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Research Update – Studies of Retinal Function Imager in MS

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Research Update – Studies of Retinal Function Imager in MS

Research Update – Studies of Retinal Function Imager in MS
Shiv Saidha, M.D., M.R.C.P.I., Associate Professor of Neurology

The retinal function imager (RFI) is an FDA approved advanced ophthalmic multimodal imaging modality, which measures large and small retinal vessel blood flow velocities (and volumes), retinal oximetry (blood vessel oxygen concentrations), and allows fluorescein (contrast) free retinal angiography. With RFI, a stroboscopic light source and high-resolution digital camera are used to rapidly take retinal images, with robust image processing software used to automatically derive the measurements. RFI uses red blood cell hemoglobin as an intrinsic motion contrast agent for non-invasively measuring the velocity of red blood cells in retinal vessels. A recent cross-sectional study of RFI in a small cohort of relapsing remitting MS, performed by one of our study collaborators, revealed reductions in retinal arteriolar and venular blood flow velocities as compared to healthy controls, although determinations with respect to underlying mechanisms of the observed findings in this study or the relationships of these changes to history of inflammation of the optic nerves (optic neuritis) were not possible.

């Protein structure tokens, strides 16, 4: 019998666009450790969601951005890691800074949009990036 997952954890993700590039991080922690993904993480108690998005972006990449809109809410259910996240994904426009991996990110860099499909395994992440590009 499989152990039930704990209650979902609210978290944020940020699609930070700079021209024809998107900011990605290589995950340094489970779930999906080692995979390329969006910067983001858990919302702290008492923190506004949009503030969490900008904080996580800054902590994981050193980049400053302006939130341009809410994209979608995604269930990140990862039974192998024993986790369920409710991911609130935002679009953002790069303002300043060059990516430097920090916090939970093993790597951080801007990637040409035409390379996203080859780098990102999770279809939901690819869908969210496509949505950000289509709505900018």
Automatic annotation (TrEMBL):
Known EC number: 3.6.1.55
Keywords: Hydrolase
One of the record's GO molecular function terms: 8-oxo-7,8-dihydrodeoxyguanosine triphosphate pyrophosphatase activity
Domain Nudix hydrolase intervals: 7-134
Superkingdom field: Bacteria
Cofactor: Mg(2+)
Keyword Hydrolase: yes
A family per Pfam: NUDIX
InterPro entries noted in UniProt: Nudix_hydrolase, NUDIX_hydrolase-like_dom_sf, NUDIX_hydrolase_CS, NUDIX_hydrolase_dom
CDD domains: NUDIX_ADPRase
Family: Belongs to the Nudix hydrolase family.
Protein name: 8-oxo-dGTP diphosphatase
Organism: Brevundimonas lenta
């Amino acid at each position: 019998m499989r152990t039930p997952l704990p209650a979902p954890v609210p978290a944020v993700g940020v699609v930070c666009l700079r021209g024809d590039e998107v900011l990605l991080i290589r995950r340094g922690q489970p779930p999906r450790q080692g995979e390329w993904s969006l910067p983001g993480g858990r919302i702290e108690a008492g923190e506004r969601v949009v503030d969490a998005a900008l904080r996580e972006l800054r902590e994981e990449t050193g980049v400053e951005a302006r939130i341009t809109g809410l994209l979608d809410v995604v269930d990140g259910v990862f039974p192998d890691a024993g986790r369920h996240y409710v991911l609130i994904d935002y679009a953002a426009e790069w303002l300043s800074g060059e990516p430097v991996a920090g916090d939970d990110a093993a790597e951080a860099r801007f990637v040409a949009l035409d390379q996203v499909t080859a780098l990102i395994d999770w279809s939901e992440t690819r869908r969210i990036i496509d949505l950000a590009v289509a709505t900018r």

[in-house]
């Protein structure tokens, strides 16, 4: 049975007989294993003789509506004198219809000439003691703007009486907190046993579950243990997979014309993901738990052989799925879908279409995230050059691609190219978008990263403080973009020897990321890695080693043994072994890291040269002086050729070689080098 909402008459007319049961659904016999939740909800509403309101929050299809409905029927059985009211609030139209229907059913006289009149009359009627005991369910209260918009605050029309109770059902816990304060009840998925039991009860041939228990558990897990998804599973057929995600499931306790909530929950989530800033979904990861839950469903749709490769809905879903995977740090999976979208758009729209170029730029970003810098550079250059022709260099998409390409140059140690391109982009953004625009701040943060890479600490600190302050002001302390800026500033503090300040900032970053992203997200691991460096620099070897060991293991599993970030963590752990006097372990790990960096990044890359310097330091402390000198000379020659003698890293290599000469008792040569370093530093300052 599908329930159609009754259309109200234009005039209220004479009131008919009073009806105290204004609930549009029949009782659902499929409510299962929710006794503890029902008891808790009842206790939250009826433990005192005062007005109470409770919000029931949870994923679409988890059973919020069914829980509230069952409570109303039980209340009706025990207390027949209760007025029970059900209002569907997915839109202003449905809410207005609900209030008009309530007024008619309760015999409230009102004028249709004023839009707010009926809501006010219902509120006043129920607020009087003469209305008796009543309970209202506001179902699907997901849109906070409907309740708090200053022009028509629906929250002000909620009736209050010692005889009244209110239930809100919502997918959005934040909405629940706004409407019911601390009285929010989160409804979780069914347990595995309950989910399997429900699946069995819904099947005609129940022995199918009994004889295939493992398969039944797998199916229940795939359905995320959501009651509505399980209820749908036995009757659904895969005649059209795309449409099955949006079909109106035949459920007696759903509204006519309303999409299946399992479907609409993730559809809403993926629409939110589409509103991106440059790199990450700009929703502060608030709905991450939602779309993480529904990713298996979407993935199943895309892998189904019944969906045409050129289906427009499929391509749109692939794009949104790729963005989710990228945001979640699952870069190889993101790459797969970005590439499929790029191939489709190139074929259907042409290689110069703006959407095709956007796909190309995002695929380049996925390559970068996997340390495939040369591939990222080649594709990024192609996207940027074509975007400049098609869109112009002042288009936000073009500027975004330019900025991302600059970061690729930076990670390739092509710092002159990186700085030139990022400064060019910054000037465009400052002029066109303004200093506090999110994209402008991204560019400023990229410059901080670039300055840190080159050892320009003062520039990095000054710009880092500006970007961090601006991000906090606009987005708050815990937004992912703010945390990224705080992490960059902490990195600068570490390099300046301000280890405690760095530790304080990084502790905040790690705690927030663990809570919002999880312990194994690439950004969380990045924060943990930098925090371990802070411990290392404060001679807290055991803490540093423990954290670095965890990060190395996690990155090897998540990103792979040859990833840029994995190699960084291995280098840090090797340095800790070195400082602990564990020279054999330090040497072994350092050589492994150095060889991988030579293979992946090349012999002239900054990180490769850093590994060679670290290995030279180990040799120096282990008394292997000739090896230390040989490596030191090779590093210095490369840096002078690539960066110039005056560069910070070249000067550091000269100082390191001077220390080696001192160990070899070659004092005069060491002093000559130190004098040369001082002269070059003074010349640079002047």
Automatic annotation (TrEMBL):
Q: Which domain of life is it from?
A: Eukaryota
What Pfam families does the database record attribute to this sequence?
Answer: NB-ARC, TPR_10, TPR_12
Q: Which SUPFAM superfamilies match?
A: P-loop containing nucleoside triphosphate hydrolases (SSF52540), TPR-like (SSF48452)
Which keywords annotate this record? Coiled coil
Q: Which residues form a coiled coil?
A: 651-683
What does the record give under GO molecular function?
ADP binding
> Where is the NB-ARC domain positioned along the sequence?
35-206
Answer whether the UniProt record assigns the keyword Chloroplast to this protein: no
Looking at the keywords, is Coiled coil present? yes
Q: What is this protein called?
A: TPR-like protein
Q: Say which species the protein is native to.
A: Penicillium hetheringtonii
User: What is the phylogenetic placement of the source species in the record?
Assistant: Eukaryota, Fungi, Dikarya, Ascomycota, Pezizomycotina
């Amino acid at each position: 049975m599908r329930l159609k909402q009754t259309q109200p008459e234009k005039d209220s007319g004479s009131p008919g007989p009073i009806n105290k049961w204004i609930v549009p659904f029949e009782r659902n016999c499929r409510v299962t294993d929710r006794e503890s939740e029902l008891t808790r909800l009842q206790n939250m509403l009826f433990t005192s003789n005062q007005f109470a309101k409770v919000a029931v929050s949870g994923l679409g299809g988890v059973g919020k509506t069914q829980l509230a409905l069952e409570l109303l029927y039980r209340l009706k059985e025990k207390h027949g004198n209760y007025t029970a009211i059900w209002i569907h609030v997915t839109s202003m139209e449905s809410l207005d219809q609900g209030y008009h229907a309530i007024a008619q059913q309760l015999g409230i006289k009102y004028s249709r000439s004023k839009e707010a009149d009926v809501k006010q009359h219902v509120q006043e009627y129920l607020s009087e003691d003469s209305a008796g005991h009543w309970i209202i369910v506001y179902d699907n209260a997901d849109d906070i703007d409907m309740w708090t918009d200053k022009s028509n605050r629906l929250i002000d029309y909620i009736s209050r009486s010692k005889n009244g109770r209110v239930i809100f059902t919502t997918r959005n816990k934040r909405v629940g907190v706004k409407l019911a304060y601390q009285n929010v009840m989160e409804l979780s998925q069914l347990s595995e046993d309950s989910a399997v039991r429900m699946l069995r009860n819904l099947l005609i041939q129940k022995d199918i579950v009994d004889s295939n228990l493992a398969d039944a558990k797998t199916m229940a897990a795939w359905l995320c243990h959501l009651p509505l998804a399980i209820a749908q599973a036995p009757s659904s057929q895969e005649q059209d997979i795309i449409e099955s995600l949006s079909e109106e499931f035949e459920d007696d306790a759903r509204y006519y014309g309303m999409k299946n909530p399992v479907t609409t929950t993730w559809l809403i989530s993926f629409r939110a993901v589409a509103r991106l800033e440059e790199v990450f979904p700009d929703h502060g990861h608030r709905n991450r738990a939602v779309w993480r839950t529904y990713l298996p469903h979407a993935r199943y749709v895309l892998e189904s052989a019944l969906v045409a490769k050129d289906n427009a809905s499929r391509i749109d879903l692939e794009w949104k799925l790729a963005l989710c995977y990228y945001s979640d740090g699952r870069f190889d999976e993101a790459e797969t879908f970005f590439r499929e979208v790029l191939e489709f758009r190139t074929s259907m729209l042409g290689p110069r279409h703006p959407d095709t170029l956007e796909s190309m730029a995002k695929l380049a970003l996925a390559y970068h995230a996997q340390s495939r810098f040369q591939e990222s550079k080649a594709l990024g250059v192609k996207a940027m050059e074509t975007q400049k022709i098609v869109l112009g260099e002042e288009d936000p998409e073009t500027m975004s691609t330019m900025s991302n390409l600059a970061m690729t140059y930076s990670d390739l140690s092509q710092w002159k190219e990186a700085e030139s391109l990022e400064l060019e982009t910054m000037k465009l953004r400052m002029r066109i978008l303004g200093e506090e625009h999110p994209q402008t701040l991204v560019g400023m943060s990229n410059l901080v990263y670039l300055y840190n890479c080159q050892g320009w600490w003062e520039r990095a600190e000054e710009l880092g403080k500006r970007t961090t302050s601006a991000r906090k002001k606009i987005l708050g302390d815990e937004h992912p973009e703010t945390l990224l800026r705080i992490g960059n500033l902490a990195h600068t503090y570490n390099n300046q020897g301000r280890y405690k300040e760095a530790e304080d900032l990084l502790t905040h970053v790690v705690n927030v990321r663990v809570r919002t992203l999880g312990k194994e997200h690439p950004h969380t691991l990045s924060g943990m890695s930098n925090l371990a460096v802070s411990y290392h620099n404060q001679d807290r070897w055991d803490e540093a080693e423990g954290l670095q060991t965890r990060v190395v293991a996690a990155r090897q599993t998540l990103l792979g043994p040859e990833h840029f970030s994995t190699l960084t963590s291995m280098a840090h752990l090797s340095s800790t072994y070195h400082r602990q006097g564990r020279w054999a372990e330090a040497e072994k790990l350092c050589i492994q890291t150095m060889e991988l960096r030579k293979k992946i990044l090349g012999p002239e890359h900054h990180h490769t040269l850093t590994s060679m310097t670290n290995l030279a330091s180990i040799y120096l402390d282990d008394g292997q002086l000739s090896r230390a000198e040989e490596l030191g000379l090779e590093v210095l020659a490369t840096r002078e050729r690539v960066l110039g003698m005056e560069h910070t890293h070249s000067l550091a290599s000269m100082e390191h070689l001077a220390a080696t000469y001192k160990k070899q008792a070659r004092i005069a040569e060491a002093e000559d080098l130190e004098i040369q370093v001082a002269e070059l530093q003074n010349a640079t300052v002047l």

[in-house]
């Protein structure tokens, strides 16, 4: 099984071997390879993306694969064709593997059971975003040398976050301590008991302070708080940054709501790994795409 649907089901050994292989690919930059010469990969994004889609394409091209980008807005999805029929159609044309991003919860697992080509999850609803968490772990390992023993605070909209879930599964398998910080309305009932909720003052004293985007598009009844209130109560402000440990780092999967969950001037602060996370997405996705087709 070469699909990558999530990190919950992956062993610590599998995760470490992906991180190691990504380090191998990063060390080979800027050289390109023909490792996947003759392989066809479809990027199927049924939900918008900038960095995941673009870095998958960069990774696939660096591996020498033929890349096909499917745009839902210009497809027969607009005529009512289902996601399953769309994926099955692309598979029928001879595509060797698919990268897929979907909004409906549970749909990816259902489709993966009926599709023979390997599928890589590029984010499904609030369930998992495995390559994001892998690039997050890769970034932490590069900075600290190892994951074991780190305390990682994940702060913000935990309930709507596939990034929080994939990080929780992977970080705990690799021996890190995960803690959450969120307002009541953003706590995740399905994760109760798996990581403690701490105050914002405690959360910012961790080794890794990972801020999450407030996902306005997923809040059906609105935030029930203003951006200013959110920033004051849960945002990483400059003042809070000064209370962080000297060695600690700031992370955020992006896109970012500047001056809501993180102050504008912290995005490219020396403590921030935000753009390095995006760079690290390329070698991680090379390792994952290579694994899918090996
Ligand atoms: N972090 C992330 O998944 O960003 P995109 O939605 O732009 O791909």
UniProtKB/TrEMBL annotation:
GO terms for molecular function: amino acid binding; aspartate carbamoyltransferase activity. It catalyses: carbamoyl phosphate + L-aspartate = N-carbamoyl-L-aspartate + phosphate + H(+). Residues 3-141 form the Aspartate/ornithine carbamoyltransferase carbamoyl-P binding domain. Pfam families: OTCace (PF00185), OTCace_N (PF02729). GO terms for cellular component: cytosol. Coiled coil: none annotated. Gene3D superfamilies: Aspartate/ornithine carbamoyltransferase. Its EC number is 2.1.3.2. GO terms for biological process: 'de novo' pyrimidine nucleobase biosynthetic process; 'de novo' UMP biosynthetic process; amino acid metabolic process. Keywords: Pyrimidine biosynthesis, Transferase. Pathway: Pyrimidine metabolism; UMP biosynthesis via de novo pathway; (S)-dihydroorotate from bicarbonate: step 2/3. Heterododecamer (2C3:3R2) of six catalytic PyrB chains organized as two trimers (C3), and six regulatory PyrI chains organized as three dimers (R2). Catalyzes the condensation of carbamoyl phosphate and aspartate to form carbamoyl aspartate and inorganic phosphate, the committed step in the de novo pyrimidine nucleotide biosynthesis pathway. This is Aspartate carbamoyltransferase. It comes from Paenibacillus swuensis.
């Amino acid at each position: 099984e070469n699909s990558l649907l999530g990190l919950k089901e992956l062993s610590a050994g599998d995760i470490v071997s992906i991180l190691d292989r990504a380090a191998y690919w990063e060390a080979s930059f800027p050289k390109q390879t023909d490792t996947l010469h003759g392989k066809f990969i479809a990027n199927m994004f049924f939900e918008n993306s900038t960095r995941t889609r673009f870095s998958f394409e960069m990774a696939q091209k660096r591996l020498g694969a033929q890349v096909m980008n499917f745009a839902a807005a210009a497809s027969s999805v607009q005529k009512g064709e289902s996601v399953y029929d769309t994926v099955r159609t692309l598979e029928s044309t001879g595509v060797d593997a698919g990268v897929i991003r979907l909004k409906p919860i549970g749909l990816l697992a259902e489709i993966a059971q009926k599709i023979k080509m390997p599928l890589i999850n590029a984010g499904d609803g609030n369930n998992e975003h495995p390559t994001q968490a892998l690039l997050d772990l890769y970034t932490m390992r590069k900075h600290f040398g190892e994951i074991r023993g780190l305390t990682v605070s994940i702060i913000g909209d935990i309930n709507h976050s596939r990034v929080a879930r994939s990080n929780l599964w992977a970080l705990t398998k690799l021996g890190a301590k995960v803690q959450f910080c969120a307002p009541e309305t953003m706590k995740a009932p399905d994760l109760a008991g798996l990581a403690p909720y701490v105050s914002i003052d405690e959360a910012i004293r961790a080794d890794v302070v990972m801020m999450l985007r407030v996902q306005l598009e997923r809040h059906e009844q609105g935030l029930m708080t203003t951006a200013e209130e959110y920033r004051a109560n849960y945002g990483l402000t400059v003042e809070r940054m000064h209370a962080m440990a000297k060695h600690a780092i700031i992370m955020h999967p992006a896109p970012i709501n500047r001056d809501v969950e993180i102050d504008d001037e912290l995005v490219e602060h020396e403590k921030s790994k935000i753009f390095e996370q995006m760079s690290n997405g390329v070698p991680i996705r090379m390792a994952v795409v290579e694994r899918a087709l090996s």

Inflammation is thought to lead to alterations in vascular function, including disruption of the inner lining of blood vessels (endotheliopathy), and postulated to result in decreased perfusion and neuronal damage, although this potential pathobiologic disease mechanism remains to be definitively demonstrated in MS. Interestingly, studies of the microvasculature of the brain in MS have revealed possible reductions in blood perfusion, even in the normal appearing parts of the brain. In MS it is also recognized that elevations in hypoxia inducible factors (insinuating vascular compromise) occur in regions of neurodegeneration, and in our study of RFI in MS we will elucidate whether changes in the retinal vasculature and alterations in retinal blood flow precede, occur concomitantly or follow the retinal neurodegeneration (accurately quantified with optical coherence tomography; OCT) that is known to occur in MS eyes, both following optic neuritis, as well as in MS eyes without a history of optic neuritis (subclinical optic neuropathy; which is known to be virtually ubiquitous in all forms of MS). Therefore, while particularly interested in studying RFI in patients during acute optic neuritis and afterwards, as well as MS patients with a history of optic neuritis, we are interested in studying RFI in MS in general, including progressive forms of the disease.

Our studies of RFI in MS will not only shed light on biological processes, but potentially identify novel therapeutic avenues in MS. This is particularly likely to be the case if it is found that microvasculature aberrations in blood flow either precede or occur concurrently with and contribute to neurodegeneration in MS, as opposed to simply representing the sequelae of inflammation and tissue destruction that has already occurred.

Other than requiring dilation drops, as would be standard during most visits with an eye doctor, RFI and OCT (which does not require dilation) are completely non-invasive.